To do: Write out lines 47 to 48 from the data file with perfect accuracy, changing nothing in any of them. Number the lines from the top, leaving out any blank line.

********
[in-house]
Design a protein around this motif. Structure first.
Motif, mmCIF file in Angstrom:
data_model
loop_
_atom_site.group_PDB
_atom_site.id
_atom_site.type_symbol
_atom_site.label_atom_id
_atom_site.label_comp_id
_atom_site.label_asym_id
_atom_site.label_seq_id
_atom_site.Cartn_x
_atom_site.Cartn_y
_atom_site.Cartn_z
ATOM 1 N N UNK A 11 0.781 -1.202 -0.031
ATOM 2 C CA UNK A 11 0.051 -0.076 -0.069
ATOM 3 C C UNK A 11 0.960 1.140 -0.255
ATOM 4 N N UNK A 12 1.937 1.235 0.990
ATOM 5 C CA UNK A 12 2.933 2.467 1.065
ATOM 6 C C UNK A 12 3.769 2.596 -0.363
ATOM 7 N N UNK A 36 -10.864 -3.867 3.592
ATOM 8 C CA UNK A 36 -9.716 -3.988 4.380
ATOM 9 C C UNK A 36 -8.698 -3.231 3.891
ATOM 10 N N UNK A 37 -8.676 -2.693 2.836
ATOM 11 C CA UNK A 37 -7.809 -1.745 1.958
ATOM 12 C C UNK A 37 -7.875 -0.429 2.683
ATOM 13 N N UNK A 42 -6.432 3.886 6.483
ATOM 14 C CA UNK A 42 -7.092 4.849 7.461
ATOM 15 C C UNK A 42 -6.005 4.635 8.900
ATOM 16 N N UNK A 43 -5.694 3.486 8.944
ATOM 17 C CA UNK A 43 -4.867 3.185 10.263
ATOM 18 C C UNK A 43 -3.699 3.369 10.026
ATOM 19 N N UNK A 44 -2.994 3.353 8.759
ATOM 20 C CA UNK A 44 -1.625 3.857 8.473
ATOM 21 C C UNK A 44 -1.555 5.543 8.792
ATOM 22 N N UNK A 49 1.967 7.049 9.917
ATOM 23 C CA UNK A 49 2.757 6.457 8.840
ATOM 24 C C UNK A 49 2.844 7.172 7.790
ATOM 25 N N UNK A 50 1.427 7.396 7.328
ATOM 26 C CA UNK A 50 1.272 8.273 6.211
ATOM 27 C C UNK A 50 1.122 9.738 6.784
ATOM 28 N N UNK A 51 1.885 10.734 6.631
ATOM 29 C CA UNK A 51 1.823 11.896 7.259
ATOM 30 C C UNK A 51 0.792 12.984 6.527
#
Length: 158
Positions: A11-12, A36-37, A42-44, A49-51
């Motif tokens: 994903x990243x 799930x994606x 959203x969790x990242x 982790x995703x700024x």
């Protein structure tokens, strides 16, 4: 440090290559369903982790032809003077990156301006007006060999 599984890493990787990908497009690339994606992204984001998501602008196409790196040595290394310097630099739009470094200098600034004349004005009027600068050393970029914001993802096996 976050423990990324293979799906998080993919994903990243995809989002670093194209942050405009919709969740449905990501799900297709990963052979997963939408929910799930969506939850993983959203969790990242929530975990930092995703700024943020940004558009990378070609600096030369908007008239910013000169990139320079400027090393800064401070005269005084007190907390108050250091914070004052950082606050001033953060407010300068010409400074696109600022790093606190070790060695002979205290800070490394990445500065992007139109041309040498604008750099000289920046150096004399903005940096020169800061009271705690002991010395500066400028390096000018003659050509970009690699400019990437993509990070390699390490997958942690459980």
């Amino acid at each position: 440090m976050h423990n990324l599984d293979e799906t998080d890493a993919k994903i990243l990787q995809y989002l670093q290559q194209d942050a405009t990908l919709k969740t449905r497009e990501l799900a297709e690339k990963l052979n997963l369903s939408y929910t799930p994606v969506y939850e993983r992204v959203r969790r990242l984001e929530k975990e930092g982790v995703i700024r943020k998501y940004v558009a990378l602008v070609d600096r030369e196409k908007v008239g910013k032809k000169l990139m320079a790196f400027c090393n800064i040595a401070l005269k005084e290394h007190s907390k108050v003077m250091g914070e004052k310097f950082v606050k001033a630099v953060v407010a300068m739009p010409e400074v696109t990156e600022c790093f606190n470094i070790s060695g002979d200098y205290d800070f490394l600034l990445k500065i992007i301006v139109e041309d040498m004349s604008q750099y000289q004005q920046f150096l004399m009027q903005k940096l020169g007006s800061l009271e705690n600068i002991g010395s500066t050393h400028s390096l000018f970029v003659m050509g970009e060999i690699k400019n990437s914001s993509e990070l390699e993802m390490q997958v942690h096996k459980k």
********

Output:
Length: 158
Positions: A11-12, A36-37, A42-44, A49-51